West, K. L. et al. BOLD hemodynamic response function changes significantly with healthy aging. NeuroImage 188, 198–207 (2019).
Diaz-Otero, J. M., Garver, H., Fink, G. D., Jackson, W. F. & Dorrance, A. M. Aging is associated with changes to the biomechanical properties of the posterior cerebral artery and parenchymal arterioles. Am. J. Physiol. Heart Circ. Physiol. 310, H365–H375 (2016).
Fonck, E. et al. Effect of aging on elastin functionality in human cerebral arteries. Stroke 40, 2552–2556 (2009).
Bolton, T. B. Mechanisms of action of transmitters and other substances on smooth muscle. Physiol. Rev. 59, 606–718 (1979).
Boswell-Smith, V., Spina, D. & Page, C. P. Phosphodiesterase inhibitors. Br. J. Pharmacol. 147, S252–S257 (2006).
Chappie, T. A., Helal, C. J. & Hou, X. Current landscape of phosphodiesterase 10A (PDE10A) inhibition. J. Med. Chem. 55, 7299–7331 (2012).
Mandalà, M., Pedatella, A. L., Morales Palomares, S., Cipolla, M. J. & Osol, G. Maturation is associated with changes in rat cerebral artery structure, biomechanical properties and tone. Acta Physiol. 205, 363–371 (2012).
Toth, P. et al. Resveratrol treatment rescues neurovascular coupling in aged mice: role of improved cerebromicrovascular endothelial function and downregulation of NADPH oxidase. Am. J. Physiol. Heart. Circ. Physiol. 306, H299–H308 (2014).
Faraci, F. M., Brian, J. E. Jr & Heistad, D. D. Response of cerebral blood vessels to an endogenous inhibitor of nitric oxide synthase. Am. J. Physiol. 269, H1522–H1527 (1995).
Davenport, A. P. et al. Endothelin. Pharmacol Rev. 68, 357–418 (2016).
Bennett, H. C. & Kim, Y. Pericytes across the lifetime in the central nervous system. Front. Cell Neurosci. 15, 627291 (2021).
Ximerakis, M. et al. Single-cell transcriptomic profiling of the aging mouse brain. Nat. Neurosci. 22, 1696–1708 (2019).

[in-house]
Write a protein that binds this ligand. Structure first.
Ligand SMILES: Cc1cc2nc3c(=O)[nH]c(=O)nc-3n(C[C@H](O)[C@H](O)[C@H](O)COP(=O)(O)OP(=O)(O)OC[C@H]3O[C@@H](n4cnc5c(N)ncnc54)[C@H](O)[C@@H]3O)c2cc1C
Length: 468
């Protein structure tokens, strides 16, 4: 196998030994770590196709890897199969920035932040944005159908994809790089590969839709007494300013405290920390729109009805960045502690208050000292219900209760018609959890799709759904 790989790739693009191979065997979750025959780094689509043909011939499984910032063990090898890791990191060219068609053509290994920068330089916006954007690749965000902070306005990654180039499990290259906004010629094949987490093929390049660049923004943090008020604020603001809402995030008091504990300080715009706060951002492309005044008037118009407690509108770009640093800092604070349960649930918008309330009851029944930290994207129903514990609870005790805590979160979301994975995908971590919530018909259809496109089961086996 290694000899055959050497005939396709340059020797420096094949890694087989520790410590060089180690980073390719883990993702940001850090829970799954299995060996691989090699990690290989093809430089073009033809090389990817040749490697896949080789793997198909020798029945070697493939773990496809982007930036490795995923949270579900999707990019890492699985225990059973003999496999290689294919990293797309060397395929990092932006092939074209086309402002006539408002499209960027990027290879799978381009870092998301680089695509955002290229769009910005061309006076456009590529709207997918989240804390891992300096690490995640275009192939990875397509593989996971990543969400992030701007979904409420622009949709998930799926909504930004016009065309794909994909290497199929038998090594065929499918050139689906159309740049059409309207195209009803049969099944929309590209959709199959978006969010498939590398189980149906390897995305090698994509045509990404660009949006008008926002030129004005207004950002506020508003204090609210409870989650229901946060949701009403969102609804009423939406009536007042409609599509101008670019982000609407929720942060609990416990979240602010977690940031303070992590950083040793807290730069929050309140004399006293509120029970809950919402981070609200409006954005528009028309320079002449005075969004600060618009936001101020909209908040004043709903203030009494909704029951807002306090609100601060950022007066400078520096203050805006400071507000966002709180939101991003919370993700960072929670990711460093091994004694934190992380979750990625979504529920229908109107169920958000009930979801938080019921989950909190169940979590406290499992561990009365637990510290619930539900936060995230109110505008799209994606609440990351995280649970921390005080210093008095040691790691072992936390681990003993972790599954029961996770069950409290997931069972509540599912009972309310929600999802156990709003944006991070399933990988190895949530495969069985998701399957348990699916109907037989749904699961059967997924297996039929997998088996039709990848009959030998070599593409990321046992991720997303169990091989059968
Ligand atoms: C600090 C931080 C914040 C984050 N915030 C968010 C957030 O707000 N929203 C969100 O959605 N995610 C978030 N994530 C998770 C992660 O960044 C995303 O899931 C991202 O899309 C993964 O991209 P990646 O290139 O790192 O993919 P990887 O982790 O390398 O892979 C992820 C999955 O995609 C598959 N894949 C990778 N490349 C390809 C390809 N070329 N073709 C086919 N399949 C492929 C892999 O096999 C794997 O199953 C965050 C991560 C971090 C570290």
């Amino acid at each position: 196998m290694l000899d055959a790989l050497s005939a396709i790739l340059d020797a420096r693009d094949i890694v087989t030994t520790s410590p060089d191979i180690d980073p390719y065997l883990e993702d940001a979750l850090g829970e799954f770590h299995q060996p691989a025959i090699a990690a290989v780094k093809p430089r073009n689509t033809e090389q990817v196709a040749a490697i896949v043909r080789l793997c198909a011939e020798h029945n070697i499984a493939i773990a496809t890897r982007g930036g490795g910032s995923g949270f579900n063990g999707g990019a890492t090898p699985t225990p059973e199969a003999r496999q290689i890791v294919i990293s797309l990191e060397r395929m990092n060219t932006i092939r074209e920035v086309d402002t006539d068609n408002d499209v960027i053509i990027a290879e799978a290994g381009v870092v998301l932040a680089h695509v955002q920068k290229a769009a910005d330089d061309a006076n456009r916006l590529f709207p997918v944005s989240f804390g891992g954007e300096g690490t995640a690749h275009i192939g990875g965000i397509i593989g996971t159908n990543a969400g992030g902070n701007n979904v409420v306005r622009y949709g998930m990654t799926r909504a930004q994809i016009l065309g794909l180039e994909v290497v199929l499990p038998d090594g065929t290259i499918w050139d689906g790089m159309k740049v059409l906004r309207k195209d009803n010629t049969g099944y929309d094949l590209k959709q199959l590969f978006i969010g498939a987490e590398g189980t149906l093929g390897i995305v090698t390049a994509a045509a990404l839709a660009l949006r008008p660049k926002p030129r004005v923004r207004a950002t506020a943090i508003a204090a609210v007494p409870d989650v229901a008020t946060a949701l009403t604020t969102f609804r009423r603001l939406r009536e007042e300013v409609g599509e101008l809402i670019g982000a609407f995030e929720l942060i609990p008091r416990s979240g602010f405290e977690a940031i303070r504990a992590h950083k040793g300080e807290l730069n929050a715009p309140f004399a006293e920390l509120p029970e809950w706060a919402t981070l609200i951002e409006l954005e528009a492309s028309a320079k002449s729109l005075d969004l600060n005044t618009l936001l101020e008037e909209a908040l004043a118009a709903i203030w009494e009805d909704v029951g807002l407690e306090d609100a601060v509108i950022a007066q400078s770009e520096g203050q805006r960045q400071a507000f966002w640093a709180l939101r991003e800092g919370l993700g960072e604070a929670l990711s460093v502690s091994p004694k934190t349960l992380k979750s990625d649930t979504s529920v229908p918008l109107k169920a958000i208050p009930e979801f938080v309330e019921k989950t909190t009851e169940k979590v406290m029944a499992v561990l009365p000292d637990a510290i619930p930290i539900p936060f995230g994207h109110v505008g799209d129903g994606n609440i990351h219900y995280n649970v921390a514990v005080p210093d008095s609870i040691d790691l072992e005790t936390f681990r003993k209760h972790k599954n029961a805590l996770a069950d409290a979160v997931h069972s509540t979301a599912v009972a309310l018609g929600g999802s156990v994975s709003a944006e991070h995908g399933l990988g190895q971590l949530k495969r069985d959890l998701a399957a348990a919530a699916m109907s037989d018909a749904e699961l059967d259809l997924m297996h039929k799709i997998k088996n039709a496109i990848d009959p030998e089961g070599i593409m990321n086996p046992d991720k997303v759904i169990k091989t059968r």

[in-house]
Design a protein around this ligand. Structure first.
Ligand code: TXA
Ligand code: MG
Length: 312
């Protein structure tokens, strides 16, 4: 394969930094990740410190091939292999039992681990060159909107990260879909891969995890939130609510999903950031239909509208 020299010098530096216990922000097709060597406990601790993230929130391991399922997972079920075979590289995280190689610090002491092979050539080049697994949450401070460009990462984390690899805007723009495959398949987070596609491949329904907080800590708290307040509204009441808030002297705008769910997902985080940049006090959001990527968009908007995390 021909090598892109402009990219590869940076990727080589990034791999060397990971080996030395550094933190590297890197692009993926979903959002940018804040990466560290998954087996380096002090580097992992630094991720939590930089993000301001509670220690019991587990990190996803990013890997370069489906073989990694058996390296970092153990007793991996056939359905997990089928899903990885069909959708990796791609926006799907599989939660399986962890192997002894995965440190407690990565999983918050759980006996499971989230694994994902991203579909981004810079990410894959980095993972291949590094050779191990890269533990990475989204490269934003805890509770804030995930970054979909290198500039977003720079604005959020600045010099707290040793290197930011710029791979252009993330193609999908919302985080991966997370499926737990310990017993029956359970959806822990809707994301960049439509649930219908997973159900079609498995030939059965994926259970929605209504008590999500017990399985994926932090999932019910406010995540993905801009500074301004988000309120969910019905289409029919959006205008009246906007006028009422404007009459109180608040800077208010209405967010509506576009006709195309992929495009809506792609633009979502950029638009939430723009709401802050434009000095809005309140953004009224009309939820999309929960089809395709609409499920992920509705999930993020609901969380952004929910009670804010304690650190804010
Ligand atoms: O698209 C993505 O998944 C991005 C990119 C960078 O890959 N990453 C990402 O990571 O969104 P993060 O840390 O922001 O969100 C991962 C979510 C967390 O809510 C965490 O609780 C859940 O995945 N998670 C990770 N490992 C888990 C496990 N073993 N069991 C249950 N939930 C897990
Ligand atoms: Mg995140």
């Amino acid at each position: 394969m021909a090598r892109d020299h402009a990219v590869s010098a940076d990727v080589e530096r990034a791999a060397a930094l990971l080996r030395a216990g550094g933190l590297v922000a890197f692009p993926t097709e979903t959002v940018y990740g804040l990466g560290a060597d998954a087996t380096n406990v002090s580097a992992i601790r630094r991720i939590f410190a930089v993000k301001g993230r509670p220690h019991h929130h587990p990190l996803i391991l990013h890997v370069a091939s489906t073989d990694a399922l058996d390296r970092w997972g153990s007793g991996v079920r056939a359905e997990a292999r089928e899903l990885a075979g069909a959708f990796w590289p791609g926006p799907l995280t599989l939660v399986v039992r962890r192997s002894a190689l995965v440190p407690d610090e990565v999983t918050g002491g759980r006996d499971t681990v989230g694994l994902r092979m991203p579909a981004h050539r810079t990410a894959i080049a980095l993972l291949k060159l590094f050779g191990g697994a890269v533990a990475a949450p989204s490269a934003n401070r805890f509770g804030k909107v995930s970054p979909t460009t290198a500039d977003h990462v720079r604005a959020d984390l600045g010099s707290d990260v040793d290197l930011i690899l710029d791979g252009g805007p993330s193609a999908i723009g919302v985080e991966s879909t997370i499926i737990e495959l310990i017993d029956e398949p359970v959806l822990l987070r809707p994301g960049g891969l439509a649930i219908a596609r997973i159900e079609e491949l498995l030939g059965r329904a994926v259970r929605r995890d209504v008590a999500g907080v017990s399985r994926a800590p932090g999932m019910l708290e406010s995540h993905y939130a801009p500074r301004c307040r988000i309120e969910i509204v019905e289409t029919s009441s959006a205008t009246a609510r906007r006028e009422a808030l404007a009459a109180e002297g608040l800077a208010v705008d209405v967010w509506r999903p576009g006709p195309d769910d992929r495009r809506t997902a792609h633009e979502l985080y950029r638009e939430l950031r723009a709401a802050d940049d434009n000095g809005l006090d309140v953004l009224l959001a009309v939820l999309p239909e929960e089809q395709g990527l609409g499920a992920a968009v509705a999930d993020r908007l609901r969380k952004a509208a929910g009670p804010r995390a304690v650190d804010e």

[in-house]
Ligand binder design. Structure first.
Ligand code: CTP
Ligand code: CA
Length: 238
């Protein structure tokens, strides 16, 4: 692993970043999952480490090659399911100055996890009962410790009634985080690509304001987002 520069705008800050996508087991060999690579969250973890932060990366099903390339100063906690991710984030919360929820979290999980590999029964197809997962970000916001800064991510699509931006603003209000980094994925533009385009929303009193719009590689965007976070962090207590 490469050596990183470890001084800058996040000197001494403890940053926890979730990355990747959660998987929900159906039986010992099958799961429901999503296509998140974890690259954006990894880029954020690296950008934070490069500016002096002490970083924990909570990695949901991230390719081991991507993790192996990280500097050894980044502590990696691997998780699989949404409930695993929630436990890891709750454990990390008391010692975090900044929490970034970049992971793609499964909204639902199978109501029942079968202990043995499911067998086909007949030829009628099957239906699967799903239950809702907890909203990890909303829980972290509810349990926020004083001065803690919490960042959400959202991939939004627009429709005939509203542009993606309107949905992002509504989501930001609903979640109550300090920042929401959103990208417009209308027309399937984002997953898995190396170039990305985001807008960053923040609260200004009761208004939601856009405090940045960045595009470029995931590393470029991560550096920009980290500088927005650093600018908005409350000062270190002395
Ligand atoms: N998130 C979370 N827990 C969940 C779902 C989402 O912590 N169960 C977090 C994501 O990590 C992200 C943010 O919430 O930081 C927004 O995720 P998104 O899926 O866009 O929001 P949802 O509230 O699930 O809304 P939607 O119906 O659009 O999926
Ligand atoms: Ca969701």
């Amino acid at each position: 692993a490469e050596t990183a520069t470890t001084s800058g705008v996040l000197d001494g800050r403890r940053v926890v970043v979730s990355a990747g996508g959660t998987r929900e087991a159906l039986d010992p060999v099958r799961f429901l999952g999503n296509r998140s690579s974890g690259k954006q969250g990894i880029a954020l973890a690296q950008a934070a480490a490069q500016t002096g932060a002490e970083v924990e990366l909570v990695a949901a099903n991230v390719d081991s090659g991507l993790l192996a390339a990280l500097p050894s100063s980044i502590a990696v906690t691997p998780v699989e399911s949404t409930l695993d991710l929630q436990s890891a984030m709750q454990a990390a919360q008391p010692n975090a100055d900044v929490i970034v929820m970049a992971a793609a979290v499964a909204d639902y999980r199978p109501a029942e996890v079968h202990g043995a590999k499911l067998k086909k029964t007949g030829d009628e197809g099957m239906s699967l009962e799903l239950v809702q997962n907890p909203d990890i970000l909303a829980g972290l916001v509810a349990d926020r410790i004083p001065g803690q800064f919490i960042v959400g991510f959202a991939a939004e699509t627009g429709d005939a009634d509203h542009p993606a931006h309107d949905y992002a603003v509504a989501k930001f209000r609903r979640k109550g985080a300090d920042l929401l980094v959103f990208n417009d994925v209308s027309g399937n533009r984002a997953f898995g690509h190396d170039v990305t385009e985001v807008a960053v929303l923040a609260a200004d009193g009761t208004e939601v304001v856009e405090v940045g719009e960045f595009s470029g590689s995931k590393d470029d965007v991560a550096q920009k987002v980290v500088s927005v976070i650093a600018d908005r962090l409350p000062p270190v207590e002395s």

Kirst, C. et al. Mapping the fine-scale organization and plasticity of the brain vasculature. Cell 180, 780–795 (2020).
Young, A. P. et al. Endothelin B receptor dysfunction mediates elevated myogenic tone in cerebral arteries from aged male Fischer 344 rats. Geroscience 43, 1447–1463 (2021).
Springo, Z. et al. Aging impairs myogenic adaptation to pulsatile pressure in mouse cerebral arteries. J. Cereb. Blood Flow Metab. 35, 527–530 (2015).
Toth, P. et al. Age-related autoregulatory dysfunction and cerebromicrovascular injury in mice with angiotensin II-induced hypertension. J. Cereb. Blood Flow Metab. 33, 1732–1742 (2013).
Ranki, H. J., Crawford, R. M., Budas, G. R. & Jovanovic, A. Ageing is associated with a decrease in the number of sarcolemmal ATP-sensitive K+ channels in a gender-dependent manner. Mech. Ageing Dev. 123, 695–705 (2002).
Tricarico, D. & Camerino, D. C. ATP-sensitive K+ channels of skeletal muscle fibers from young adult and aged rats: possible involvement of thiol-dependent redox mechanisms in the age-related modifications of their biophysical and pharmacological properties. Mol. Pharmacol. 46, 754–761 (1994).
Taddei, S. et al. Age-related reduction of NO availability and oxidative stress in humans. Hypertension 38, 274–279 (2001).